1977 Denver Broncos – The original Orange Crush defense that led the Broncos to Super Bowl XII and Denver’s first ever winning season. This was the first great full time 3-4 defense that yielded only 148 points (10.6 pts / game) and just 18 touchdowns for the season. Holding 7 of their opponents to 10 points or less.

Even with an offense that turned it over 8 times, the still held Dallas to 27 points in Super Bowl XII.

Even with an offense that turned it over 8 times, the still held Dallas to 27 points in Super Bowl XII.

Led by Randy Gradishar, ESPN’s Tom Jackson, and the late Lyle Alzado this defense had an unheard of 4 All Pros concentrated on this defense and 5 Pro Bowlers. This not ready for primetime group came out of nowhere and swallowed the Steelers and Raiders in the playoffs before falling to Dallas in New Orleans in Super Bowl XII. This group swarmed like bees and ushered in the era where 3-4 defenses took over the NFL.

1978 Pittsburgh Steelers – In the first year in which the NFL moved to a 16 game schedule, this group set the new record with fewest points allowed in a season with 195. Powered by the Steel Curtain, they held 8 of 16 opponents to 10 or fewer points. This group did more blitzing than in years past to get to the quarterback. They did have 5 Pro Bowl defenders and 1 All Pro in Jack Ham, but there were stronger incarnations of the Steeler defense.

A fact that gets lost is going into Super Bowl XIII, the consensus was Pittsburgh force vs the finesse Cowboys. Yet it was Dallas whose defense was ranked #2 and Pittsburgh’s #3, For the season they yielded 260.5 yards per game, unofficially had 52 sacks and 27 interceptions which ranked 7th. They peaked in the playoffs holding both Denver and Houston to 10 points and 5 points respectively. Yet gave up some serious candy to the Dallas offense (320 yards & 31 points)

1968 Baltimore Colts – The team that is best known for coming up short in Super Bowl III against the AFL’s New York Jets. In The Chancellor of Football’s estimation, this was the best team that Don Shula ever coached and one of his defensive assistants was the late Chuck Noll. This defense held 10 of 14 regular season opponents to 10 or fewer points. At one point late in the season, they gave up 1 touchdown over 25 quarters including a string of 16 straight quarters w/out a touchdown allowed.

md-darkroom-hutchins-curtisThe Colts of ’68 shut out 3 regular season opponents and the fourth was against the Browns who gave the 13-1 team their only loss. That drubbing was avenged 34-0 in the NFL Championship Game. They even set the record with only 144 points allowed. Between 1967 & 1968 their record was 24-4-2. If only this team had won on January 12th 1969…..but….

2000 Tennessee Titans – Lost in the delirium over the great 2000 Ravens defense, is the fact they finished #2 to the Titans that year in rankings. Jeff Fisher’s bunch only allowed 238.9 yards per game and held 6 opponents to 10 points or less over the campaign.

Second year DE Jevon Kearse led the team with 11.5 sacks and 4 forced fumbles. Samri Rolle had 7 interceptions he returned for 140 yards and a touchdown. SS Blaine Bishop had 84 tackles to go with 2.5 sacks but 0 interceptions. All three were Pro Bowlers but only Samari was an All Pro Player. One issue is they didn’t force enough turnovers (29) and they finished just +1 in turnover ratio. These are poor marks considering they only saw 1 Pro Bowl quarterback the entire season. Yet they were #1 against the pass (151 yds /gm) and #3 against the run (86 yds /gm).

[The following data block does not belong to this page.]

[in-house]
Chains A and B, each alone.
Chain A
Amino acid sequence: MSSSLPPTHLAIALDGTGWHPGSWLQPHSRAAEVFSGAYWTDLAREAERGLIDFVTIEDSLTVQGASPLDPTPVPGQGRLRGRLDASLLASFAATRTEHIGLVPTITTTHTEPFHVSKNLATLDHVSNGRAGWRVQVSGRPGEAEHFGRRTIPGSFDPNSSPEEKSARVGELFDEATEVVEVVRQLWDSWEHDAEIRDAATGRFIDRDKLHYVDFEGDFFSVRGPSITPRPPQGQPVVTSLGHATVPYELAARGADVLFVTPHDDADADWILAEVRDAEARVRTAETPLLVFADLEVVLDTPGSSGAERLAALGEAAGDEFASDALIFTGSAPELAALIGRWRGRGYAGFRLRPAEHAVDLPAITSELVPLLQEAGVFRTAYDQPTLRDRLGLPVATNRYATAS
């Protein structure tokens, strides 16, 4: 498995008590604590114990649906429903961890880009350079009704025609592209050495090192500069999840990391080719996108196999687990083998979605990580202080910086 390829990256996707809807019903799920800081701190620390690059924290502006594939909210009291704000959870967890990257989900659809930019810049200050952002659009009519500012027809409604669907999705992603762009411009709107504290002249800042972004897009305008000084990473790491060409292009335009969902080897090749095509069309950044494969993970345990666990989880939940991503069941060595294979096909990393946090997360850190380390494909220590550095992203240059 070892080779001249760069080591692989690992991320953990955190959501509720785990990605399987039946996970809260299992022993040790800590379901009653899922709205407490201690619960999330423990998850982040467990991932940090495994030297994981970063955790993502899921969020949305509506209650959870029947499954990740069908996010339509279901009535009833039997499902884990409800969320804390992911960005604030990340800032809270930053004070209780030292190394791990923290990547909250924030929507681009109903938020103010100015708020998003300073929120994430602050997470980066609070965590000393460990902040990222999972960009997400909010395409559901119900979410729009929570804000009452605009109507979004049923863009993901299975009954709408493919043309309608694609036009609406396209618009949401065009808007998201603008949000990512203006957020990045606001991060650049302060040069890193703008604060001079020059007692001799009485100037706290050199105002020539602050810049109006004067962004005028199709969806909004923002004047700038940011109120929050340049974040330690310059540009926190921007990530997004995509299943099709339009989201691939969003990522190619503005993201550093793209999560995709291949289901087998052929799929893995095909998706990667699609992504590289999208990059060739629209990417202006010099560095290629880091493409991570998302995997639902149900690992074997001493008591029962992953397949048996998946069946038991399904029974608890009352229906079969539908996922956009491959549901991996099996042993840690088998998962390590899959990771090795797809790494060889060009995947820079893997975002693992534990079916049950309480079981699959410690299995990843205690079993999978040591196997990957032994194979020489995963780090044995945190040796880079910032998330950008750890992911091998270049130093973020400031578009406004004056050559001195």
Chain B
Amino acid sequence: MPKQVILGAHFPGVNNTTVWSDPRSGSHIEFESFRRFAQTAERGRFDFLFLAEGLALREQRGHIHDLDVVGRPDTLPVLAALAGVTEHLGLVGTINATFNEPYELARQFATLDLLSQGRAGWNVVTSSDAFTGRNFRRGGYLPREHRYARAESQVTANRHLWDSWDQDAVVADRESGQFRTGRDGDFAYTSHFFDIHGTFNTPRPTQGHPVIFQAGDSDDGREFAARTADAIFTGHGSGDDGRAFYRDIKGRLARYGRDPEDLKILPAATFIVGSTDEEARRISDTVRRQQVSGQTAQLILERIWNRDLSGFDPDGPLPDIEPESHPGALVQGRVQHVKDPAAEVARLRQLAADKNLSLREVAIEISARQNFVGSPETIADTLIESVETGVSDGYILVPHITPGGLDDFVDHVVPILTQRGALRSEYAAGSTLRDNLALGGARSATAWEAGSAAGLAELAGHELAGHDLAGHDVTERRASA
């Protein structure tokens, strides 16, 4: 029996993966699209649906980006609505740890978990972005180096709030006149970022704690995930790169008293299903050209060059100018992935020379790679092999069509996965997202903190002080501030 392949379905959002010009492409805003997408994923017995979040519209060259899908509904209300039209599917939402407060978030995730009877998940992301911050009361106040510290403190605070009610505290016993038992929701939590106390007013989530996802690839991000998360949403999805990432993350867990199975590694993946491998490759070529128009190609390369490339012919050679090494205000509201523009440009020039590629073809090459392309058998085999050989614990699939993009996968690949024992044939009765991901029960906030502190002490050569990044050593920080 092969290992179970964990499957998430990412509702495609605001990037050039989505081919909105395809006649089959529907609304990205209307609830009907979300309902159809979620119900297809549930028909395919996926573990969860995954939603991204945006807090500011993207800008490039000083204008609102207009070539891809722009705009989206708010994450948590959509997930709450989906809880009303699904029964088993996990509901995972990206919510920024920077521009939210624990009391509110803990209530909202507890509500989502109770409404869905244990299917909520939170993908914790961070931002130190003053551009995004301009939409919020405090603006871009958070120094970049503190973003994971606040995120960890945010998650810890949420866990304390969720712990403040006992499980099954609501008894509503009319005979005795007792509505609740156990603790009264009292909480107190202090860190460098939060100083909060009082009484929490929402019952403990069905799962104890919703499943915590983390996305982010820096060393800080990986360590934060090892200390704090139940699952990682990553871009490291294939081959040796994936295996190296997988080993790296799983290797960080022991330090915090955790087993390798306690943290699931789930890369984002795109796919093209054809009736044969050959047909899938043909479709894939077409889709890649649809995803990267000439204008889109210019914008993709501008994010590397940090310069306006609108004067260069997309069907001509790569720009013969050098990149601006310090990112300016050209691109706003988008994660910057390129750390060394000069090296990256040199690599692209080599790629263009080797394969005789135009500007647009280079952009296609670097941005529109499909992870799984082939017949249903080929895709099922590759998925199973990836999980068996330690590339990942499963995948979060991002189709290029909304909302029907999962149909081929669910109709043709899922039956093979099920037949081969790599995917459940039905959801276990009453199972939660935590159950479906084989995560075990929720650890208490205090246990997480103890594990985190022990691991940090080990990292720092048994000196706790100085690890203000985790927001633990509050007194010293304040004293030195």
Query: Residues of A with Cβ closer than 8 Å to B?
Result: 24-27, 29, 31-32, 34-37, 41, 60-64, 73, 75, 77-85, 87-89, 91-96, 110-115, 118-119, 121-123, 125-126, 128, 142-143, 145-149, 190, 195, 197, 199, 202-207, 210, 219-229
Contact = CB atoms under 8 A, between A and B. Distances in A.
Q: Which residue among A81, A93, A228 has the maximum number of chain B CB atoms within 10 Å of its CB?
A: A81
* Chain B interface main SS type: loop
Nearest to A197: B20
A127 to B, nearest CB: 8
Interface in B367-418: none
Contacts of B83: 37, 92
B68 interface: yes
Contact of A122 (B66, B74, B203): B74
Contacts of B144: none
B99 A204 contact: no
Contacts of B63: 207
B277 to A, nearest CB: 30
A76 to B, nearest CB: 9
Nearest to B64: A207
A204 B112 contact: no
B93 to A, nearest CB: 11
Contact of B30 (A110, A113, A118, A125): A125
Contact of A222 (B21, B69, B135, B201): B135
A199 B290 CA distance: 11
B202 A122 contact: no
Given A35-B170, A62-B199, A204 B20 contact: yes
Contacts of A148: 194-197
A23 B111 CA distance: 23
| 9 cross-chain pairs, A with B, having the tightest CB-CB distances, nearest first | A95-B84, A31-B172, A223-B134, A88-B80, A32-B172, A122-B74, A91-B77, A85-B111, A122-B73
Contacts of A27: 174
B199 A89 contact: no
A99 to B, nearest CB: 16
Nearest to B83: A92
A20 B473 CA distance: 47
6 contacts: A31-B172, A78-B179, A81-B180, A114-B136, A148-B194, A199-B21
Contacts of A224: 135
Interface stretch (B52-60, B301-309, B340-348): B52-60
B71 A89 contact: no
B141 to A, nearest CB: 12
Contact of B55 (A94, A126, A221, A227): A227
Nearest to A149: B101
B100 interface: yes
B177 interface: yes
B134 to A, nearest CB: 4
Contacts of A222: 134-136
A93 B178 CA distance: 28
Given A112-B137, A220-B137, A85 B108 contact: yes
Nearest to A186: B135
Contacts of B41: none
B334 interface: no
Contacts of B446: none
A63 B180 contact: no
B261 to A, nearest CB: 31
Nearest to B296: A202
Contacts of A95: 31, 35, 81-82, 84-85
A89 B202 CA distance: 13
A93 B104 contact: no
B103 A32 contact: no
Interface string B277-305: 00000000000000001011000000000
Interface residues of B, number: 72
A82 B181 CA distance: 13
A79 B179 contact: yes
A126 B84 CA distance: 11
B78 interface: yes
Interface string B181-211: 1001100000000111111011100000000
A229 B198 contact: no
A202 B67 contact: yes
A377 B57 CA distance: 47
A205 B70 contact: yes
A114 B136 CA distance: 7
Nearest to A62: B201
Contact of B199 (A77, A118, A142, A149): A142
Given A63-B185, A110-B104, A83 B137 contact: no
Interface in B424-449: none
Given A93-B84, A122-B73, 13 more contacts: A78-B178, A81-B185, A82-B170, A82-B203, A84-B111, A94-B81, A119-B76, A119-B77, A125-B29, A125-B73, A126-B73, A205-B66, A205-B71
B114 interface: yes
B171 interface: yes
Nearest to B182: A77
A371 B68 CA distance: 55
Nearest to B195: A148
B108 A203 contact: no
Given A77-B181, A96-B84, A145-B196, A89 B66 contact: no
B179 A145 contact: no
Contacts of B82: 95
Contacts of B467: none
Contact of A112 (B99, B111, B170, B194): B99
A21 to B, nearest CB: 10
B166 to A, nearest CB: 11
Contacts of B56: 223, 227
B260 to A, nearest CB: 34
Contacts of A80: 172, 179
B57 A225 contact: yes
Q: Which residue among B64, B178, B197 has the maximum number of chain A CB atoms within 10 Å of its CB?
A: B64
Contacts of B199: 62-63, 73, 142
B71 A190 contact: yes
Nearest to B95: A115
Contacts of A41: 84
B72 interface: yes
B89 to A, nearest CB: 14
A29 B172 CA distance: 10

1987 San Francisco 49ers – One of the last teams to finish with the NFL’s #1 offense and defense happened with this group in 1987. They were gaining momentum allowing only 1 touchdown in the final 16 quarters of the season and none in the final 12 as the playoffs beckoned. They held 5 opponents to 10 or fewer points including two shutouts in their final three games. One of which was a 41-0 hammering of the NFC Central Champion Chicago Bears on Monday Night Football. 

Led by All Pro and Pro Bowler Ronnie Lott (5 ints) this group was #1 against the pass (165 yds /gm) while only yielding 273 yards for the game. What makes this more remarkable are 3 games were played with replacement players due to the strike. Had the season been 16 games instead of 15 and no strike, these numbers could have been even better. They were also #5 against the run (107.4 yds / gm) thanks to All Pro and Pro Bowl Nose Tackle Michael Carter.

Jim Burt knocking Joe Montana out with a concussion in their 49-3 rout in the '86 playoffs.

Jim Burt knocking Joe Montana out with a concussion in their 49-3 rout in the ’86 playoffs.

1986 New York Giants – A romanticized defense that knocked 5 quarterbacks out on their way to the Super Bowl XXI championship. Yet they were #2 in 1986 and allowed 39 more yards per game than the #1 Chicago Bears with 297.3 yards per game. Second biggest discrepancy between #1 and #2 since 1970.

Led by League MVP and Defensive Player of the Year Lawrence Taylor’s 20 sacks, New York held 5 teams to 10 points or fewer during the regular season. They held their 2 NFC playoff opponents to 3 & 0 points respectively. There were 4 Pro Bowl defenders on this defense in LB Harry Carson, NT Jim Burt, DE Leonard Marshall, and the aforementioned LT.